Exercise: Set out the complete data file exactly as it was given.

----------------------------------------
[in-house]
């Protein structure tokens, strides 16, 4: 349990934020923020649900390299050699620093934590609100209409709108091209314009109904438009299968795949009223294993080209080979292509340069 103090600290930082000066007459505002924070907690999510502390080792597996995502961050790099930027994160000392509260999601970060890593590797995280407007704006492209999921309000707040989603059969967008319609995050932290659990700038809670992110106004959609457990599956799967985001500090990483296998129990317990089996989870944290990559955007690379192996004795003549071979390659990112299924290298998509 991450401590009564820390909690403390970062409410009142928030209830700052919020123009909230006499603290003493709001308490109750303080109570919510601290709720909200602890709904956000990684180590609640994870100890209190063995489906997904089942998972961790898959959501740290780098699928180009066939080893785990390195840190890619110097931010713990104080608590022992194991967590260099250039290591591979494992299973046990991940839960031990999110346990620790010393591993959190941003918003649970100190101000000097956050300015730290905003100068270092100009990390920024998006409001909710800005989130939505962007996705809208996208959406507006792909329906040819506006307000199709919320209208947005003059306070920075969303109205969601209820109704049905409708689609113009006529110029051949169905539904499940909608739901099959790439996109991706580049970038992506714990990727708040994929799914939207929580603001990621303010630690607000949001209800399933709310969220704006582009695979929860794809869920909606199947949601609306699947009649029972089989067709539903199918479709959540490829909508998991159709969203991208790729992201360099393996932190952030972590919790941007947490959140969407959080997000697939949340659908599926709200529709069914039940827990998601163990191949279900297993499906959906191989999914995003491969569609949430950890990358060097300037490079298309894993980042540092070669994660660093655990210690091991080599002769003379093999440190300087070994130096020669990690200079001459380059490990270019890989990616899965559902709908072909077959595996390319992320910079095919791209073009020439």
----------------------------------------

[in-house]
């Protein structure tokens, strides 16, 4: 349990934020923020649900390299050699620093934590609100209409709108091209314009109904438009299968795949009223294993080209080979292509340069 103090600290930082000066007459505002924070907690999510502390080792597996995502961050790099930027994160000392509260999601970060890593590797995280407007704006492209999921309000707040989603059969967008319609995050932290659990700038809670992110106004959609457990599956799967985001500090990483296998129990317990089996989870944290990559955007690379192996004795003549071979390659990112299924290298998509 991450401590009564820390909690403390970062409410009142928030209830700052919020123009909230006499603290003493709001308490109750303080109570919510601290709720909200602890709904956000990684180590609640994870100890209190063995489906997904089942998972961790898959959501740290780098699928180009066939080893785990390195840190890619110097931010713990104080608590022992194991967590260099250039290591591979494992299973046990991940839960031990999110346990620790010393591993959190941003918003649970100190101000000097956050300015730290905003100068270092100009990390920024998006409001909710800005989130939505962007996705809208996208959406507006792909329906040819506006307000199709919320209208947005003059306070920075969303109205969601209820109704049905409708689609113009006529110029051949169905539904499940909608739901099959790439996109991706580049970038992506714990990727708040994929799914939207929580603001990621303010630690607000949001209800399933709310969220704006582009695979929860794809869920909606199947949601609306699947009649029972089989067709539903199918479709959540490829909508998991159709969203991208790729992201360099393996932190952030972590919790941007947490959140969407959080997000697939949340659908599926709200529709069914039940827990998601163990191949279900297993499906959906191989999914995003491969569609949430950890990358060097300037490079298309894993980042540092070669994660660093655990210690091991080599002769003379093999440190300087070994130096020669990690200079001459380059490990270019890989990616899965559902709908072909077959595996390319992320910079095919791209073009020439």